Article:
After I started to write this post, I wondered if anyone had linked Festivus to autism, and the answer is "yes".   But I disagree that Festivus has "nothing to do with autism".  I think it does. As goofy as the thought of celebrating a holiday created for "the rest of us" via a comedy show of the 90's is, it does offer a chance to step back from what "Secular Christmas" has become:  and remember that Christmas really isn't supposed to be a source of unhappiness and stress.

Happy belated Festivus.

Thursday, December 23, 2010

Will it Come to this in the United States?

A gesture by a distraught parent in Romania.  The father of a teen with autism jumped from a Parliament balcony to protest budget cuts.   His injuries, thankfully, are said not to be life threatening. Romania has fallen on some hard times.  Of course, under Communism things were really rough, but everything is relative.

People in our country would do well to see what people elsewhere are going through.  In the article I read about this parent, it detailed some of the budget cuts the Romanian people are suffering through.  It could happen here.

This is an extreme form of advocacy but it did get people's attention....maybe.  Certainly not a suggested method, but we can only imagine how frustrated, and worse, he must have felt to do something like this.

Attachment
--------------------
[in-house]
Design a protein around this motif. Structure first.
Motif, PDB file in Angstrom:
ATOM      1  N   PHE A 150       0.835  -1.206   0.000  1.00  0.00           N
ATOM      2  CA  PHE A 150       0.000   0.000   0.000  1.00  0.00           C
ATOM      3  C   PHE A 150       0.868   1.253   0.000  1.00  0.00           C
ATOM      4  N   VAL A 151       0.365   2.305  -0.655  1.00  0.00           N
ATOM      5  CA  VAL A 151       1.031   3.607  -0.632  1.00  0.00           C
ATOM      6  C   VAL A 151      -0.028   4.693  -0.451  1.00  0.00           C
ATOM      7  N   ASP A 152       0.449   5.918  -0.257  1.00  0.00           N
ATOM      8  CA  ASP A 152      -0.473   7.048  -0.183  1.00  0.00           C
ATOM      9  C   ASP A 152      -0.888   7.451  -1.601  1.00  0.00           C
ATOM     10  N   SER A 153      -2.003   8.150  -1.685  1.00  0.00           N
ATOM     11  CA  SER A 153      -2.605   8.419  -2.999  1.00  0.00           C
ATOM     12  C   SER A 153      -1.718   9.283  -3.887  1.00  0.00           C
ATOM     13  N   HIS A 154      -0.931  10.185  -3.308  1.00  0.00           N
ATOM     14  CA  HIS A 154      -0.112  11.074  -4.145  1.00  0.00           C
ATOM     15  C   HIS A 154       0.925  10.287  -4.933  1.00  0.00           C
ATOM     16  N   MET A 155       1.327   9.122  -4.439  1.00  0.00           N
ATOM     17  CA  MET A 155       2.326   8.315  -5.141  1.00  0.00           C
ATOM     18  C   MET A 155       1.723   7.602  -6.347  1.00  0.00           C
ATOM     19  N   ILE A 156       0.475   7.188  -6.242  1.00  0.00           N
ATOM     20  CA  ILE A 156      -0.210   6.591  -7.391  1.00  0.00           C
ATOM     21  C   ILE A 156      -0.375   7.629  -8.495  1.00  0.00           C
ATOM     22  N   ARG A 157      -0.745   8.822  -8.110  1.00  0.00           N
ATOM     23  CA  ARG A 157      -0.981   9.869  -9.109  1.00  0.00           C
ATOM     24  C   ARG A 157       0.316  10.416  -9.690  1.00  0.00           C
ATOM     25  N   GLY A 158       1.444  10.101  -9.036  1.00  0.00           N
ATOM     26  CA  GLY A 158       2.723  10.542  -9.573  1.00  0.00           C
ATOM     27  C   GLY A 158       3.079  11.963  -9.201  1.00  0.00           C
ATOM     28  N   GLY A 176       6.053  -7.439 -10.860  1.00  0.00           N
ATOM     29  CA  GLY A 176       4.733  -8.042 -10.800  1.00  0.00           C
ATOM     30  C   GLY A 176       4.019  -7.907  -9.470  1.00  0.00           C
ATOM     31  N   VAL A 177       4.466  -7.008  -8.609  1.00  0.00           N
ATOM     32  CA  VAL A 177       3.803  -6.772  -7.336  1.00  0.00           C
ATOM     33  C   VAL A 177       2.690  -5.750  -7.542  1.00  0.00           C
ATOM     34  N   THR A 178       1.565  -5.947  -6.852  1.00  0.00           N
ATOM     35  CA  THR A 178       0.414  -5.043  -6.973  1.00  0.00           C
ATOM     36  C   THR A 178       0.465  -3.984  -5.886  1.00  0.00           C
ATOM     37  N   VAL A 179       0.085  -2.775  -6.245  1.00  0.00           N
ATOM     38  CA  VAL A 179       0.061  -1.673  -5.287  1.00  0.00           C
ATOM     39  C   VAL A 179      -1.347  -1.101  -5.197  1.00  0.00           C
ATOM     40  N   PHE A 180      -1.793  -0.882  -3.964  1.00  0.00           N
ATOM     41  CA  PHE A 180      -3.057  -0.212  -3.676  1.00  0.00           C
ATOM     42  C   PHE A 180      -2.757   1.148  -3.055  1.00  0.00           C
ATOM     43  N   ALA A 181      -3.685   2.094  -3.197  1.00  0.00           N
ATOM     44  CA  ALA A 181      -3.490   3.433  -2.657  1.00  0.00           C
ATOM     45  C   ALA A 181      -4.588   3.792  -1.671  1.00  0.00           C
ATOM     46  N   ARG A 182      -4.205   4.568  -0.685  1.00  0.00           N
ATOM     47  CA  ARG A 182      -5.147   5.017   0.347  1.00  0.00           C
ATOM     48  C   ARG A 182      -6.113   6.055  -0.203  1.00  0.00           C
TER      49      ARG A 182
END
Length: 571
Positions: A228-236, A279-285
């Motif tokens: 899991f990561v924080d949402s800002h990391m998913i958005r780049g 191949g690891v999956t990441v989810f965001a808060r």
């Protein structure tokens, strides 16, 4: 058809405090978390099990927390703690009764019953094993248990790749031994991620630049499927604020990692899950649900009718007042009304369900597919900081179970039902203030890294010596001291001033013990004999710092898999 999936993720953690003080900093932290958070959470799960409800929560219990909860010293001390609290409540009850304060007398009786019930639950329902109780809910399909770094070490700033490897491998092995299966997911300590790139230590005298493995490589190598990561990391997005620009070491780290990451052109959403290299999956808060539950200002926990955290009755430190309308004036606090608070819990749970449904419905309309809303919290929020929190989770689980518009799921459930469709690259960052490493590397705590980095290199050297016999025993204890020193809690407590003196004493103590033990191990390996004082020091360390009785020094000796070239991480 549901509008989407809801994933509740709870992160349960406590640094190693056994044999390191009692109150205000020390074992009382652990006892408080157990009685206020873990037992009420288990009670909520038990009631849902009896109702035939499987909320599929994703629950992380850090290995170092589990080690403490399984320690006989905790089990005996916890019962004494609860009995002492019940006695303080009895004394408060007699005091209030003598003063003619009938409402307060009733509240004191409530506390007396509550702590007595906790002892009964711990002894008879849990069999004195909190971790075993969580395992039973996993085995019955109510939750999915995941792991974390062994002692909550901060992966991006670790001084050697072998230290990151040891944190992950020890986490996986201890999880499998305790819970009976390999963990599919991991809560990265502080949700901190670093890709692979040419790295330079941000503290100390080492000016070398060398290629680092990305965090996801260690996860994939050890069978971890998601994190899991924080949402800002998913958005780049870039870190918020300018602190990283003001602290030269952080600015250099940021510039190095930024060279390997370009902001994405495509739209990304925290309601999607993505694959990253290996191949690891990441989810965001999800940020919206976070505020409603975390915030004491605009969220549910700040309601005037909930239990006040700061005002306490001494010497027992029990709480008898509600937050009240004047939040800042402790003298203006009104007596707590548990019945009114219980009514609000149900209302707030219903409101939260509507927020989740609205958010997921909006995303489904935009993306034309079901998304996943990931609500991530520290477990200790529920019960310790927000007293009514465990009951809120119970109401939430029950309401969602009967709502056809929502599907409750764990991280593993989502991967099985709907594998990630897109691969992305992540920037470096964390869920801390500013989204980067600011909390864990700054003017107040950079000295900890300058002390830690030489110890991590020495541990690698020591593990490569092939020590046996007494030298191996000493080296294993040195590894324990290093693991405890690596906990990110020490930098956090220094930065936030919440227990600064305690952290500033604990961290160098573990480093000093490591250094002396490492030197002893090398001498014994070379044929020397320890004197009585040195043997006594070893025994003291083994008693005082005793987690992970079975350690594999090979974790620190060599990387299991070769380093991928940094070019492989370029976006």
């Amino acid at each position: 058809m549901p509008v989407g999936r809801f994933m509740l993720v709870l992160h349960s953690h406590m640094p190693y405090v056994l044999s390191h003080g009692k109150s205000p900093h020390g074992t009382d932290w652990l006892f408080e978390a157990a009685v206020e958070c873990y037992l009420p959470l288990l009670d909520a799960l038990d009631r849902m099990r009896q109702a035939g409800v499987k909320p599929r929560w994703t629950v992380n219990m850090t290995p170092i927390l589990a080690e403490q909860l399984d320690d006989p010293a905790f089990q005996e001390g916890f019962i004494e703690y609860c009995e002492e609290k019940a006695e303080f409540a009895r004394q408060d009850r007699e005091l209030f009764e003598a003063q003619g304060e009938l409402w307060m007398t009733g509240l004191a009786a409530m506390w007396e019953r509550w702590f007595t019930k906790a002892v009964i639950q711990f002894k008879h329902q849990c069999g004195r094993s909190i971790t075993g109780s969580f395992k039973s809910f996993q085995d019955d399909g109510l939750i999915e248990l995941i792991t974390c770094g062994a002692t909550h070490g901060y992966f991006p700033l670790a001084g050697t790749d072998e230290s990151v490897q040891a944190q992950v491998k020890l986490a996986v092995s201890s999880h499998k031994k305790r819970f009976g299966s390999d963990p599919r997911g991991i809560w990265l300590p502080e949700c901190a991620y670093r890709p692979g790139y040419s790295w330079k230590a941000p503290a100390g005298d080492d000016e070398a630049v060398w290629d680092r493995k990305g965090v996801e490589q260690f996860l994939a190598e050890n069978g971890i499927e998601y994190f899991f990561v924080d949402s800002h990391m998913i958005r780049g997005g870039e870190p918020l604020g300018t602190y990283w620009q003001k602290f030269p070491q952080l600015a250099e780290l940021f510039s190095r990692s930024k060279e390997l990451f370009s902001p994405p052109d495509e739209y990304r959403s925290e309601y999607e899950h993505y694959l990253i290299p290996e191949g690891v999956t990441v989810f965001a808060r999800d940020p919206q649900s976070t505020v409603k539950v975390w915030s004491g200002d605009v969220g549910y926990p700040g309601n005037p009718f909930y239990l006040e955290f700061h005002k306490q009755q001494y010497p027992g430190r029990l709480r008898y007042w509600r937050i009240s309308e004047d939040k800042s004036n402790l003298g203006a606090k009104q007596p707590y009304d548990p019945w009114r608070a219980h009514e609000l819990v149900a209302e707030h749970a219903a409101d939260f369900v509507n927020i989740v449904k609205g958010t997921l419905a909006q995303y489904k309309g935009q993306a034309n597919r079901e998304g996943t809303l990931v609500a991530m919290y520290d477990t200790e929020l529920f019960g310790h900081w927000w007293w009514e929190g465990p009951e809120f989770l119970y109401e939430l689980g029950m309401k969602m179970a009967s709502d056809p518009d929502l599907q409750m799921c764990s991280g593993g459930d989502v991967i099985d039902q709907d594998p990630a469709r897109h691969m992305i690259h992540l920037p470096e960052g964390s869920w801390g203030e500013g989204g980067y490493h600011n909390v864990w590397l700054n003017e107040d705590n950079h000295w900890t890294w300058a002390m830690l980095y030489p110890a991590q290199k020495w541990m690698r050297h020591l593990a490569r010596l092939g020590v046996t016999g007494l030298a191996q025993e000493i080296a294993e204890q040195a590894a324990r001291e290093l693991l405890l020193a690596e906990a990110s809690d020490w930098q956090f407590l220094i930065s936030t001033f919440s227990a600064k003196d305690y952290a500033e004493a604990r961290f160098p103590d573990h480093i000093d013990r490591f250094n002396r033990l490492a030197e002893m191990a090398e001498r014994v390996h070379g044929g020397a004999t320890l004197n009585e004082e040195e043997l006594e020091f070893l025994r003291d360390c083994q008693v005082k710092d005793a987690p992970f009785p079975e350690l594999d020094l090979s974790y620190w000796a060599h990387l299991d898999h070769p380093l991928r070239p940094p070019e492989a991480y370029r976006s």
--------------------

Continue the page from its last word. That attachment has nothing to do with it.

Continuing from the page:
Which reminds me...we somehow have to be able to communicate with Bil's medicaid service coordinator without her running to my mother in law.  We have to know how Bil is going to be impacted. 

Wednesday, December 22, 2010

A Sibling's Viewpoint

I ran across this article tonight.  I will take a small break from blogging - just feeling exhausted right now - and will post this.  It's written by a woman with a severely disabled sibling.  Ironically, it is his disability that allows her to be close in a special way with him:  her other siblings live far away and/or are too busy with their own lives.

True, that Bil isn't quite this disabled.  Should I feel guilty that I can love him and want to do right by him, but it is so hard to connect with him that it can be very hard to like him?

Anyway, I loved this article.

We'll be seeing Bil again soon.  And perhaps in February, spending extended time with him again.

Sunday, December 19, 2010

Bil and "Super Memory"

On 60 Minutes tonight there was a "Super Memory Summit" concerning a researcher who is investigating people who have perfect memories.  In other words, they can remember what happened every day of their lives.

The people in his study are from all walks of life.  One, Marilu Henner, is an actress.  What they have in common is the ability to remember the events of their lives, as if it had just happened yesterday.  And it isn't just the fact that, for example, a football game was on that day. They remember every play.

Marilu Henner, asked about what happened on a particular date, was able to remember her taping of a commercial over 30 years ago, down to the smallest detail.  When the 60 Minutes producers obtained the tape, they found that she was right in every detail.

What researchers find (after quizzing them to establish their total recall, then running them through memory tests, and giving them brain MRI's) is quite fascinating. I suggest you watch the online clip.